The Path-MTU Update stage is when TCP tries to send segments that are
   equal to or smaller than the ones that have already been sent and
   acknowledged for this connection.  During the Path-MTU Update stage,
   TCP already has knowledge of the estimated Path-MTU for the given
   connection.  Thus, in this case these implementations are more
   cautious with the errors being reported by the network.

   In order to allow TCP to distinguish segments between those
   performing Initial Path-MTU Discovery and those performing Path-MTU
   Update, two new variables are introduced to TCP: maxsizeacked and
   maxsizesent.



Gont                      Expires July 23, 2010                [Page 19]

Internet-Draft          ICMP attacks against TCP            January 2010


   maxsizesent holds the size (in octets) of the largest packet that has
   so far been sent for this connection.  It is initialized to 68 (the
   minimum IPv4 MTU) when the underlying internet protocol is IPv4, and
   is initialized to 1280 (the minimum IPv6 MTU) when the underlying
   internet protocol is IPv6.  Whenever a packet larger than maxsizesent
   octets is sent, maxsizesent is set to that value.

   On the other hand, maxsizeacked holds the size (in octets) of the
   largest packet that has so far been acknowledged for this connection.
   It is initialized to 68 (the minimum IPv4 MTU) when the underlying
   internet protocol is IPv4, and is initialized to 1280 (the minimum
   IPv6 MTU) when the underlying internet protocol is IPv6.  Whenever an
   acknowledgement for a packet larger than maxsizeacked octets is
   received, maxsizeacked is set to the size of that acknowledged
   packet.

   Upon receipt of an ICMP "Packet Too Big" error message, the Next-Hop
   MTU claimed by the ICMP message (henceforth "claimedmtu") is compared
   with maxsizesent.  If claimedmtu is larger than maxsizesent, then the
   ICMP error message is silently discarded.  The rationale for this is
   that the ICMP error message cannot be legitimate if it claims to have
   been elicited by a packet larger than the largest packet we have so
   far sent for this connection.

   If this check is passed, claimedmtu is compared with maxsizeacked.
   If claimedmtu is equal to or larger than maxsizeacked, TCP is
   supposed to be at the Initial Path-MTU Discovery stage, and thus the
   ICMP "Packet Too Big" error message is honored immediately.  That is,
   the assumed Path-MTU is updated according to the Next-Hop MTU claimed
   in the ICMP error message.  Also, maxsizesent is reset to the minimum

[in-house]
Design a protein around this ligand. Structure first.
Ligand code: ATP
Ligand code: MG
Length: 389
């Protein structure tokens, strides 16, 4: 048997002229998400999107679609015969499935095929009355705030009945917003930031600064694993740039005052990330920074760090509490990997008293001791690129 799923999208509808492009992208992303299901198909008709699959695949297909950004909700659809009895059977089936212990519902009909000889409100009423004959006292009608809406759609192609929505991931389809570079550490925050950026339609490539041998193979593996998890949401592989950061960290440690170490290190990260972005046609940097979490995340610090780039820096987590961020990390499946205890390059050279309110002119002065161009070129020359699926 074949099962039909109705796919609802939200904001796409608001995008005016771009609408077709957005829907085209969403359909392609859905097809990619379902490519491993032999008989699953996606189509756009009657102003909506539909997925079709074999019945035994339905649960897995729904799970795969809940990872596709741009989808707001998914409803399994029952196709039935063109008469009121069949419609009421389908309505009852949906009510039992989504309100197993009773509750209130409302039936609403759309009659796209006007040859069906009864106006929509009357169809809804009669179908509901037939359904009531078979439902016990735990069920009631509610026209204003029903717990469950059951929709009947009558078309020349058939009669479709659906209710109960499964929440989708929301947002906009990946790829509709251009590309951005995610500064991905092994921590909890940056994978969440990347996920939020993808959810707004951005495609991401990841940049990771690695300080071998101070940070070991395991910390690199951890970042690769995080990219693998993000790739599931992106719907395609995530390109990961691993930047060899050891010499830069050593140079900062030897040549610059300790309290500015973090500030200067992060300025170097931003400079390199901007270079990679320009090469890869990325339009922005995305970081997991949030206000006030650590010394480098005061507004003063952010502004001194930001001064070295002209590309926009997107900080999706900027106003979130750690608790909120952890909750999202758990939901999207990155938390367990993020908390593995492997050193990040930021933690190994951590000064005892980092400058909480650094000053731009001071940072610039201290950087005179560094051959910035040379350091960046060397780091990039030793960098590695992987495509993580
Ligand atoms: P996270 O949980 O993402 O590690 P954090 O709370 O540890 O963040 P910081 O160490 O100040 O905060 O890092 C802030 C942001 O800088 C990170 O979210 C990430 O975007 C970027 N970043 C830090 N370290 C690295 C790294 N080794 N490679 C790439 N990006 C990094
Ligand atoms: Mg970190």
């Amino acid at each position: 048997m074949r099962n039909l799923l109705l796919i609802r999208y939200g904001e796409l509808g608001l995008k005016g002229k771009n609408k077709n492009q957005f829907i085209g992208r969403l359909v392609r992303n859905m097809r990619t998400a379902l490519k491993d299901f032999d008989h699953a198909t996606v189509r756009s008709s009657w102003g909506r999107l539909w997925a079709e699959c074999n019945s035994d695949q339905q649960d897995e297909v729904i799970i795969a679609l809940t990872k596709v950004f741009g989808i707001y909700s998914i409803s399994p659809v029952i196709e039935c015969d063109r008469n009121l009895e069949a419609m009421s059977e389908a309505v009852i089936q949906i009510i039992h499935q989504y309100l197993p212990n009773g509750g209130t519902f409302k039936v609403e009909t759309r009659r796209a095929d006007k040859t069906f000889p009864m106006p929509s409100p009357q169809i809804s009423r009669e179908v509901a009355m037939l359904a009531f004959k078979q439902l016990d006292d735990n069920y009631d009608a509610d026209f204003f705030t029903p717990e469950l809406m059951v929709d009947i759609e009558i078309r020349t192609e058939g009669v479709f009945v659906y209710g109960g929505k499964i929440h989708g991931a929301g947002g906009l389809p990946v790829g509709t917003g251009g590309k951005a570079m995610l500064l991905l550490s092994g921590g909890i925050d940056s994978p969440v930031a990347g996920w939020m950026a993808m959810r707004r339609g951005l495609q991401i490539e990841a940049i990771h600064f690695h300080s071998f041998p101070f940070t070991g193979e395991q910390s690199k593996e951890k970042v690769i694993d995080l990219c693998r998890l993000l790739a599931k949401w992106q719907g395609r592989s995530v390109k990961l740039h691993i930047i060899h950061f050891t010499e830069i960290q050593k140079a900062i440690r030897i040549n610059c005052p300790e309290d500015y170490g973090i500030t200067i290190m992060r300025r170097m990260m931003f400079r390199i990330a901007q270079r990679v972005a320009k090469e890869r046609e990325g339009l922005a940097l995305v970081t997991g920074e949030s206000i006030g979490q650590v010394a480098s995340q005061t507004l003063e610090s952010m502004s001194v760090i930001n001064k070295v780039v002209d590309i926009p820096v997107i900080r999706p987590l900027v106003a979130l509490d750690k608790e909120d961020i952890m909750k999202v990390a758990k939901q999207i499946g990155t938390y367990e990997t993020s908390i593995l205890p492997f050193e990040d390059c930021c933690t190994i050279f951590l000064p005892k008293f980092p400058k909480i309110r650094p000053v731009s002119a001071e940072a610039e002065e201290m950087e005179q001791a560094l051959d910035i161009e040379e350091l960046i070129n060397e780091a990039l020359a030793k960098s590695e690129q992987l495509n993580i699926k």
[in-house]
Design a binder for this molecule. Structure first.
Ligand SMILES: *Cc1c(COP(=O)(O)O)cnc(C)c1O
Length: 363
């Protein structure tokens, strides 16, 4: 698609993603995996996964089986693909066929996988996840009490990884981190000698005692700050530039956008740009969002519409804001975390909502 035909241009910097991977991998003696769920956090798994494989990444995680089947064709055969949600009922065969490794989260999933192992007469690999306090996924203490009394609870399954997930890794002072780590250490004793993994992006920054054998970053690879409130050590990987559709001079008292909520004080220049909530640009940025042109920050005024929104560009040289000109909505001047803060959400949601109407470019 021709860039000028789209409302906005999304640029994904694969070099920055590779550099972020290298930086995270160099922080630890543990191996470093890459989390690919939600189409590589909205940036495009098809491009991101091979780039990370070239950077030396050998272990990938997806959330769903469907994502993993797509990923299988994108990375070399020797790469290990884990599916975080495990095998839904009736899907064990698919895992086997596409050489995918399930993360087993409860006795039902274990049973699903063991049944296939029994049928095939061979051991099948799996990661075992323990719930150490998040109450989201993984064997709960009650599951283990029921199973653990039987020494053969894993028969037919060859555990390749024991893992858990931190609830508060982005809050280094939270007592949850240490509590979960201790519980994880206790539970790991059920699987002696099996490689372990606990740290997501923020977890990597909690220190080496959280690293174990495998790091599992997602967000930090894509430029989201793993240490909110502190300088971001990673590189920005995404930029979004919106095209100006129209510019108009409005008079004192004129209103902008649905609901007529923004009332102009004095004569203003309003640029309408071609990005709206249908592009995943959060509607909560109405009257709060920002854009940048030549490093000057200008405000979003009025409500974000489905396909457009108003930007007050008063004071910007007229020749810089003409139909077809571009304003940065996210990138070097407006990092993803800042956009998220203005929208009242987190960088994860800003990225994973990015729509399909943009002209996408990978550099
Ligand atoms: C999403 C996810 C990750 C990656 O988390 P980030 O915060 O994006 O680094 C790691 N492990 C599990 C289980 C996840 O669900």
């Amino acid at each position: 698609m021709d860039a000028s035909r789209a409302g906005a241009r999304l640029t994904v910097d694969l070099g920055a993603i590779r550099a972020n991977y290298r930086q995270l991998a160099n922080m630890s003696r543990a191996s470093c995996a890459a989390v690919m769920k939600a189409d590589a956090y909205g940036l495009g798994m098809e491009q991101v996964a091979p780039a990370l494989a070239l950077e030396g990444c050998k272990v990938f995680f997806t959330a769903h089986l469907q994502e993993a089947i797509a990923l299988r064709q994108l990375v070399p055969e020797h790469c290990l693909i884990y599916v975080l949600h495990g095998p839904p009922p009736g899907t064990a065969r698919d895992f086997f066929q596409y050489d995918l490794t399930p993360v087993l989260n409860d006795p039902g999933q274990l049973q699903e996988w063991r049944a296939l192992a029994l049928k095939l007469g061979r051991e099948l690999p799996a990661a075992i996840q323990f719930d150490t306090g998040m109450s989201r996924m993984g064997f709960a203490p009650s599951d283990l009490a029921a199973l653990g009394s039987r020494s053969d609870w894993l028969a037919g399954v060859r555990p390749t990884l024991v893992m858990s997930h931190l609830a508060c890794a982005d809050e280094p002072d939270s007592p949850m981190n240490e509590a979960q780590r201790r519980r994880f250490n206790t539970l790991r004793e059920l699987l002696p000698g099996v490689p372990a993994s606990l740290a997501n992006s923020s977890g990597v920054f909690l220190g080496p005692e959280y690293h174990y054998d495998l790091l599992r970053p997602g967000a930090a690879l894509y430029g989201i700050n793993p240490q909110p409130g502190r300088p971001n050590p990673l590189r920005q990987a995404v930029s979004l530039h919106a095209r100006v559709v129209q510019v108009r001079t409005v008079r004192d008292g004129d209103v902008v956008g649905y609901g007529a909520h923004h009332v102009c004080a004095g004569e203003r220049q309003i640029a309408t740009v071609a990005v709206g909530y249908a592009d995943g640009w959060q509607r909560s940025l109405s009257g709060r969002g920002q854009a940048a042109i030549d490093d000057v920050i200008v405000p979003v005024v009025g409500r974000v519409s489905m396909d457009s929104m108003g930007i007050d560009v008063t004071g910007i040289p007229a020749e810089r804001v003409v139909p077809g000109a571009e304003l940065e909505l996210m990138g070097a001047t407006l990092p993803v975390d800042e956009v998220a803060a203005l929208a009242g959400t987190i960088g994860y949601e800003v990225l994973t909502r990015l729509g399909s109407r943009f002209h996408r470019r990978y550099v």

MTU of the internet protocol in use (68 for IPv4, and 1280 for IPv6).

   On the other hand, if claimedmtu is smaller than maxsizeacked, TCP is
   supposed to be in the Path-MTU Update stage.  At this stage, these
   implementations are more cautious with the errors being reported by
   the network, and therefore just record the received error message,
   and delay the update of the assumed Path-MTU.

   To perform this delay, one new variable and one new parameter is
   introduced to TCP: nsegrto and MAXSEGRTO. nsegrto holds the number of
   times a specified segment has timed out.  It is initialized to zero,
   and is incremented by one every time the corresponding segment times
   out.  MAXSEGRRTO specifies the number of times a given segment must
   timeout before an ICMP "Packet Too Big" error message can be honored,
   and can be set, in principle, to any value greater than or equal to
   0.

   Thus, if nsegrto is greater than or equal to MAXSEGRTO, and there's a



Gont                      Expires July 23, 2010                [Page 20]

Internet-Draft          ICMP attacks against TCP            January 2010


   pending ICMP "Packet Too Big" error message, the corresponding error
   message is processed.  At that point, maxsizeacked is set to
   claimedmtu, and maxsizesent is set to 68 (for IPv4) or 1280 (for
   IPv6).

   If while there is a pending ICMP "Packet Too Big" error message the
   TCP SEQ claimed by the pending message is acknowledged (i.e., an ACK
   that acknowledges that sequence number is received), then the
   "pending error" condition is cleared.

   The rationale behind performing this delayed processing of ICMP
   "Packet Too Big" messages is that if there is progress on the
   connection, the ICMP "Packet Too Big" errors must be a false claim.
   By checking for progress on the connection, rather than just for
   staleness of the received ICMP messages, TCP is protected from attack
   even if the offending ICMP messages are "in window", and as a
   corollary, is made more robust to spurious ICMP messages elicited by,
   for example, corrupted TCP segments.

   MAXSEGRTO can be set, in principle, to any value greater than or
   equal to 0.  Setting MAXSEGRTO to 0 would make TCP perform the
   traditional PMTUD mechanism defined in [RFC1191] and [RFC1981].  A
   MAXSEGRTO of 1 provides enough protection for most cases.  In any
   case, implementations are free to choose higher values for this
   constant.  MAXSEGRTO could be a function of the Next-Hop MTU claimed
   in the received ICMP "Packet Too Big" message.  That is, higher
   values for MAXSEGRTO could be imposed when the received ICMP "Packet
   Too Big" message claims a Next-Hop MTU that is smaller than some
   specified value.

   In the event a higher level of protection is desired at the expense